The mango is said to have originated in Burma, Malaya, or the Himalayan region of India. It has been in cultivation for over 4,000 years and has entered prominently in Hindu mythology and religious observances. It is now a familiar fruit to all parts of the tropic zone, and is as important there as the apple is in our more temperate climate.
Although the mango is not top well-known in this country, some parts of the world value this fruit highly. Glowing descriptions of mangos can be found in the literature of these countries. The Turkoman poet, Amir Khusrau, for instance, wrote of the mango in the fourteenth century: "The mango is the pride of the garden, the choicest fruit of Hindustan. Other fruits we are content to eat when ripe, but the mango is good at all stages of growth.
The first attempt to introduce the mango into this country was made in 1833, when plants were transported to Florida from Mexico. These trees died, and another attempt was made thirty years later when seedling trees were introduced. The real success of its culture came at the begining of this century, when choice grafted trees were brought from India. Because of the fruit's susceptibility to frost, its culture is limited to certain sections of Florida, where it is a summer crop only.
The mango tree is a member of the sumac family. It sometimes grows as high as forty feet. Its leaves are shiny and its flowers yellow or of a reddish hue. There are hundreds of varieties of mangos, and they range from the size of plums to that of apples, often weighing a pound or more. The common color of the mango is orange, although the fruit may range from green to yellow or red.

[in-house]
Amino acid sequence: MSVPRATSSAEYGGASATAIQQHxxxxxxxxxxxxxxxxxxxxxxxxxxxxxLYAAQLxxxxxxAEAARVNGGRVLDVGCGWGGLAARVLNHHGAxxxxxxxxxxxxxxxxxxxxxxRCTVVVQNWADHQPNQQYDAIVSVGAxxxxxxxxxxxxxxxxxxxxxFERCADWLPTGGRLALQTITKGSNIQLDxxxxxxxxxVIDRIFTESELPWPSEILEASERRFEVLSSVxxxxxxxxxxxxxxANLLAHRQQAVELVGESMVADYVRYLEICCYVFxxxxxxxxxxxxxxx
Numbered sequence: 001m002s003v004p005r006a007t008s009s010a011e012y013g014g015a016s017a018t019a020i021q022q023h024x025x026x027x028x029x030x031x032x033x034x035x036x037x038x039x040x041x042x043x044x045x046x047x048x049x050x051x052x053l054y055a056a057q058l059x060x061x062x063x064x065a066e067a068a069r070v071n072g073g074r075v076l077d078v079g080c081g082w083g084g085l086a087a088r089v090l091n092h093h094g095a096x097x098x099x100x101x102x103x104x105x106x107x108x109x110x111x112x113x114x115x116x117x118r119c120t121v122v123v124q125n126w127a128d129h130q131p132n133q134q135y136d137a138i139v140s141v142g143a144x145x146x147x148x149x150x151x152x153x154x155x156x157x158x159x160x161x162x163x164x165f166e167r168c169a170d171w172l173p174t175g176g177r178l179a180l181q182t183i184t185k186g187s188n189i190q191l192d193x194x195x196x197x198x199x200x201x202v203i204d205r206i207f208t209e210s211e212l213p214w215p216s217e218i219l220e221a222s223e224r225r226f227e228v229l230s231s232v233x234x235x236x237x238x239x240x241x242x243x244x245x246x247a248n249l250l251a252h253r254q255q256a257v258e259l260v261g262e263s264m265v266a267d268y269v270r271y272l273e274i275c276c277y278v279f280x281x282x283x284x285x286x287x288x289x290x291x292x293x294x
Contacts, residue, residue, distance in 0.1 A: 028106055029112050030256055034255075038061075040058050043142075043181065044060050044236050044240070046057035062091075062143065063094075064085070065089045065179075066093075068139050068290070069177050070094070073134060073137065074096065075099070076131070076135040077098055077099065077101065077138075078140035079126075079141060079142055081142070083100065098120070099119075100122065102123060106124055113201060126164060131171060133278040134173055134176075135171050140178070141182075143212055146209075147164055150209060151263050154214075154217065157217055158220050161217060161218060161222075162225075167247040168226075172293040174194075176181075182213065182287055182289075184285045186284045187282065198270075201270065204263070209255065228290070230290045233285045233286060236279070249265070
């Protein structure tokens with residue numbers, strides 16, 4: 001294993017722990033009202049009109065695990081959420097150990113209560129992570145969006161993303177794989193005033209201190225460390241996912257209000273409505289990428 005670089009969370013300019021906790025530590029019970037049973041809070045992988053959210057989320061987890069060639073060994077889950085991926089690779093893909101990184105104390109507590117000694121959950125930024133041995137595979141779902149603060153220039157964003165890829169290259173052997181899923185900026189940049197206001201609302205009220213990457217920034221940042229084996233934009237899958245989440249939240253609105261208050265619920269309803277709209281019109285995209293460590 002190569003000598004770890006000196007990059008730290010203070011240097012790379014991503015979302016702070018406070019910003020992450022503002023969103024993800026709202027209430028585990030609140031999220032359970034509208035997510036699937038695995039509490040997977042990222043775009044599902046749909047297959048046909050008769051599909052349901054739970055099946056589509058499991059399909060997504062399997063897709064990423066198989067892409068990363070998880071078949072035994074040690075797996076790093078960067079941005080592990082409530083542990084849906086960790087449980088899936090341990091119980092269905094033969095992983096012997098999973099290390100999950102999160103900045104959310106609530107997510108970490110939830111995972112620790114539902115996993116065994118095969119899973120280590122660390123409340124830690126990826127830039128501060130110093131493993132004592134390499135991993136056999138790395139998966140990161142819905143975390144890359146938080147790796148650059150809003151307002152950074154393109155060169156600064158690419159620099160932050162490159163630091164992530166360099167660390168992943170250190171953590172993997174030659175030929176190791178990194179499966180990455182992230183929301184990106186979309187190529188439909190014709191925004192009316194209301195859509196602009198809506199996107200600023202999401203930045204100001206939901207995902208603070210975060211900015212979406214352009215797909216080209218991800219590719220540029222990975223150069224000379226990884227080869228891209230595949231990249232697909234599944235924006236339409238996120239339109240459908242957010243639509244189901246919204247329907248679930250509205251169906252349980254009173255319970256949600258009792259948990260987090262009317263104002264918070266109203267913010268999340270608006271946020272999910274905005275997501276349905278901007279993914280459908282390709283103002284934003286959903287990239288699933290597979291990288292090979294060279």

This fruit is available from May to September, the peak month being June. Some varieties are shipped in from China, Jamaica, Mexico, and Cuba. A quality mango has a fairly small seedstone, and the pulp is delicate and smooth. The fruit should be fresh in appearance, plump, and firm to the touch; however, the test of quality is in its taste.
Mangos are best eaten as a fresh fruit. They have a high sugar content, although they are slightly acid in taste. Mangos are good used in combination with other fruits in salads, and in some parts of the world they are roasted. Both the flavor and aroma of mangos are spicy and attractive. To conserve the aroma, do not cut until just before serving.
Benefits of MangoMangos contain a considerable amount of gallic acid, which may be binding to the bowels. It is excellent as a disinfectant to the body. Many people claim the mango is a great blood cleanser, and it also has fever soothing qualities. Mango juice will reduce excessive body heat. Mangos are also wonderful for helping to throw off body odors.
Nutrients in one pound
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